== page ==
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The final trajectory taken by these essays is to see the works as less locatable in a particular period but as embedded in and reflecting upon processes of transition and change. In a strikingly ambitious essay on A Lover’s Complaint — the disputed authorship of this text is set aside in a footnote — Christopher Warley reads the poem as expressive of the shift from feudalism to capitalism. Indeed, the author states his intention to explore how the poem reveals ‘the transition from medieval to Renaissance’ (25) which again has the rather odd effect of largely reinstating the very categories the volume sets out to challenge. Still, the reading itself is resourceful, remarkably so in many ways, in its attention to the rhetorical complexity of the poem combined with a reading of its relationship to economic discourses of property-relations and commodification. At times, the theoretical density of the argument does over-burden the poem with an excessive amount of conceptual and historical significance. The core argument is that love complaint expresses a new form of productive social power to transform existing circumstances. The concluding thesis, influenced principally by Gayatri Spivack, is a provocative one: that the maid’s acceptance of her own commodification also constitutes the possibility for new forms of social opportunity and agency. Still, the essay is full of energy and interest although it seems wedded to tracing the ways in which this text does indeed mark ruptures and transitions that point towards modernity.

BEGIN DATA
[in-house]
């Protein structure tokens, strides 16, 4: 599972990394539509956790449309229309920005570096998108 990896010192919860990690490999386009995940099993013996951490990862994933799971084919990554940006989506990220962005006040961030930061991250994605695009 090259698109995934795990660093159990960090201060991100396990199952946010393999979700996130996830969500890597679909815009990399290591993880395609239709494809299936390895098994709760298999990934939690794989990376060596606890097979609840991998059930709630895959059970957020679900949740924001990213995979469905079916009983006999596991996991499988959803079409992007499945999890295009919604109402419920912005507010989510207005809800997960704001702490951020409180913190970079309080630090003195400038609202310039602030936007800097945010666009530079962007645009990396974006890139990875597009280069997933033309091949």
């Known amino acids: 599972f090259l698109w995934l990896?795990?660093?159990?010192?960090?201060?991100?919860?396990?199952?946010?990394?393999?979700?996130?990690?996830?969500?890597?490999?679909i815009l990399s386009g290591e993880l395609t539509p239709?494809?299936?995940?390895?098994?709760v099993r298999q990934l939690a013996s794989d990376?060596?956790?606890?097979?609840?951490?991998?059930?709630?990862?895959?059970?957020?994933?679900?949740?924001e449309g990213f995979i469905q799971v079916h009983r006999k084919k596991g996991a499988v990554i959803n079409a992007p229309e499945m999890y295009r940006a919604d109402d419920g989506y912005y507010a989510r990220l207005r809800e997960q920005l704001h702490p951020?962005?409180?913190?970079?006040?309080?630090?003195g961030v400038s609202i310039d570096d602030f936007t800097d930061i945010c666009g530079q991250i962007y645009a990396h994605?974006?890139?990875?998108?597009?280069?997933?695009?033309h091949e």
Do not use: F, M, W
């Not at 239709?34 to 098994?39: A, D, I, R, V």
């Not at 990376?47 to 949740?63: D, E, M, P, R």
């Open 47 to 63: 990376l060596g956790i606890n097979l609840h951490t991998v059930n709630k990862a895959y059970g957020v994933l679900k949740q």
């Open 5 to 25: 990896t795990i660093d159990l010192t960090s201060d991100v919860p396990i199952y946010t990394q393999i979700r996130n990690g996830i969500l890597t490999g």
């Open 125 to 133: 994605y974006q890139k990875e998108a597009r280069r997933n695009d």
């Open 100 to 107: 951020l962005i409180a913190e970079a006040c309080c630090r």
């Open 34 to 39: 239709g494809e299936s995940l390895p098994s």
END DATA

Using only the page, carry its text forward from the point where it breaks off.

However, the reactions can also be loosely grouped into two diametric characterizations: peaceful and violent.

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Before we meet Caliban, we meet Ariel, Prospero's trusting spirit. Even though Ariel is not human either, he is treated kindly and lovingly by his master who calls him 'my quaint Ariel.'; Caliban, on the other hand, is called a 'tortoise'; and a 'poisonous slave'; by Prospero. As Caliban enters in Act 1 Scene 2, we realise his fury at both Prospero and Miranda. He is rude and insulting and Prospero replies with threats of torture. Prospero justifies his punishment of Caliban by his anger at the attempted rape of his daughter, something Caliban shows no remorse for

Every culture, community, or ethnic group tends to have its own beliefs, values, and notions of how to lead one’s life.

Kutzinski, "Caliban and Other Essays

Caliban loved Prospero and Miranda because they 'made much of me';; and his response to this was purely sensual in his recollections: 'Thou strok'st me, .. wouldst give me/Water with berries in't.'; What Caliban responded to, more than anything else, was the sensation of pleasure that being loved and petted gave him. The action that caused Caliban to be removed from this position and punished was his attempt to rape Miranda, another example of how he seeks pleasure. Prospero's position on sexual relations is quite opposite - he tells Ferdinand repeatedly not to take advantage of his daughter, for the obvious reason that rape and taking advantage of someone sexually is considered wrong. This is something Caliban doesn't seem to understand and further distances himself from the human figures. During The Tempest itself, Prospero and Caliban have two very different purposes. Prospero intends to resolve the injury that was done to Miranda and himself, bloodlessly, by the use of his Art. Caliban's dearest wish is to depose Prospero by killing him and, rather than resuming rule of the island himself, submit to the rule of Stephano.